Can you please provide an overview of Repom’s history and services within the energy sector, specifically in Romania?

Repom, formerly known as TTM, was established in 2008 with the main goal of transferring knowledge about renewable energy from Germany to Romania. As the renewable energy sector in Romania began to grow in 2007-2008, we recognized the potential for growth and realized there was a lack of industry know-how available. Since then, our services have expanded to include development, site selection, authorization acquisition, financing management, and project management. Essentially, we act as an investor’s right-hand throughout the entire project lifecycle.

How has the local market reacted to changes in energy legislation in recent years, and what impact has it had on the industry?

The initial investments were made under the Green Certificates scheme, which closed on December 12, 2016. Despite the generous support scheme, there were abrupt and poorly assessed changes made to the initial conditions that caused many projects to go bankrupt. However, Romania has seen the highest investment in energy from private sources since the 1990s, totaling EUR 8Bn and the installation of 5,000 MWh, thanks to the Green Certificates scheme. Although some investors had to dismount their turbines and relocate them, the industry is currently recovering, and new measures are being taken to stimulate investment.

What measures are needed to stimulate new investments, and how have circumstances evolved since the legislative changes?

To attract new investments in Romania, it is essential to create a predictable and trustworthy framework that engenders confidence. As senior vice president at PATRES and also part of Repom, I played a crucial role in engaging with authorities to create this framework. Although previous legislation, such as Law 220/2008, was modified almost every year, we have managed to pass more stable laws like GEO 24/2017 and Law 184/2019, with the hope that these new regulations stay in place for a longer period of time. Open dialogue between industry leaders and public authorities is crucial for creating fruitful conversations, and PATRES achieved this by maintaining a broad vision and a strategy of “fairness.”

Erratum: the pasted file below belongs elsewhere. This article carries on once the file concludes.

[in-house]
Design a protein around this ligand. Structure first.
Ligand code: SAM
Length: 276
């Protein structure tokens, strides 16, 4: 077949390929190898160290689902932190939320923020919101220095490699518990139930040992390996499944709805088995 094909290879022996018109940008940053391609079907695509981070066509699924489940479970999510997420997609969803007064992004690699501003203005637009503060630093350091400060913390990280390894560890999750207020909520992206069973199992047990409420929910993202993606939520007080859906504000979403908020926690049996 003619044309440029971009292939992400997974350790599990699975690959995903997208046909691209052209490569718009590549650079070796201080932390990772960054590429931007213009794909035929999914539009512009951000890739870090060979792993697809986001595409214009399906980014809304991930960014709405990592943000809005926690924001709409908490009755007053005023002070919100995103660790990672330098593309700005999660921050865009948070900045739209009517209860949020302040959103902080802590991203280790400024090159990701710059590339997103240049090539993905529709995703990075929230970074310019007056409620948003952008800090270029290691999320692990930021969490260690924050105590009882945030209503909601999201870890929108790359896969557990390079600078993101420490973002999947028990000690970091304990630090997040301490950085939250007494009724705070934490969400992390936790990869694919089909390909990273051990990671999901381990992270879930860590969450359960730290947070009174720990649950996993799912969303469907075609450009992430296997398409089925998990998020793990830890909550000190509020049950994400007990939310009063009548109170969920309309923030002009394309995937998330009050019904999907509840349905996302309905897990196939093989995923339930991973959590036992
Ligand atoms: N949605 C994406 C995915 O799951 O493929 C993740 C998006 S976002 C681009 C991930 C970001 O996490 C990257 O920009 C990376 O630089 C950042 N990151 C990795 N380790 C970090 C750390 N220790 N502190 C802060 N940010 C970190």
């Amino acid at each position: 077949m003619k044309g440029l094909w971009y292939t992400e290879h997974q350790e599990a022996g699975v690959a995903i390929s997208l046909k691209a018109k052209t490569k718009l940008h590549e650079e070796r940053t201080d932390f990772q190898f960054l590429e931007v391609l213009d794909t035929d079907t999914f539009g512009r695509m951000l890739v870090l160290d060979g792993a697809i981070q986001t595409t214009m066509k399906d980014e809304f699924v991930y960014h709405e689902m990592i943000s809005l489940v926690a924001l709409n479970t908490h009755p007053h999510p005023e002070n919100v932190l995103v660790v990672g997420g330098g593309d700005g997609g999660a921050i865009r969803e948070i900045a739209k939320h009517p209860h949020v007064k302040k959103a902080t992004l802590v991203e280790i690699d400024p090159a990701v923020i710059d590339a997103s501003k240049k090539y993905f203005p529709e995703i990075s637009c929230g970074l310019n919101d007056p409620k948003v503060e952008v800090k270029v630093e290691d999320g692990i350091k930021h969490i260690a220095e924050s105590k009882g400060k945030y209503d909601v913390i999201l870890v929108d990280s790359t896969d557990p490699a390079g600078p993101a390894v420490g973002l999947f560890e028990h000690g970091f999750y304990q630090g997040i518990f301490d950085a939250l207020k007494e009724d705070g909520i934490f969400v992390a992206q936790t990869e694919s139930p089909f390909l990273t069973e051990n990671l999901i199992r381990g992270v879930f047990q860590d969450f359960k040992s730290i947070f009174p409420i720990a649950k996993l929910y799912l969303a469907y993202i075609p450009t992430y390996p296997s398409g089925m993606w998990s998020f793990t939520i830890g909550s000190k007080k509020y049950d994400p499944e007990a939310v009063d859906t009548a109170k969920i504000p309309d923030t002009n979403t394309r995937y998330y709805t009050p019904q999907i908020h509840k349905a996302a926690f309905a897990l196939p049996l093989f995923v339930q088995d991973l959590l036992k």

In the course of its operations, how did PATRES overcome the challenge of having productive conversations with public authorities?

The industry has often faced the challenge of having fruitful conversations with public authorities, and PATRES was not an exception. To overcome this challenge, we were persistent in getting them to listen to us. While it is not necessarily difficult to meet with public authorities, it can be a challenge to have them truly understand the issues faced by the industry. To achieve this, we maintained a broad vision, considering more than just our own interests as an organization. We strongly believe that an inclusive approach leads to healthier decisions. In this regard, we employed a strategy of fairness throughout the dialogue. Of course, concessions had to be made on our side as well, but overall, we found that this approach was effective in bringing about positive change.

Regarding the energy transition in Romania, how do you anticipate its unfolding and what are the major obstacles hindering it?

Romania is fortunate to have a better energy mix than most countries in Europe. However, I am of the opinion that separating energy resources by type was not the best approach, as it has led to conflicts between them. In my view, even within the same company, there should be a mix of resources, as different resources complement each other.

Furthermore, Romania is currently in a unique position, being caught between “old Romania,” which tends to be resistant to change due to human nature, and “new Romania,” which tends to be impatient and wants everything to happen immediately. The ideal scenario, which we aim for, is a balance between the two. We certainly want to see as much renewable energy as possible, but we also recognize that shutting down all coal facilities immediately could lead to power outages. The energy transition will happen over time, and to be successful, a reliable plan needs to be put in place.

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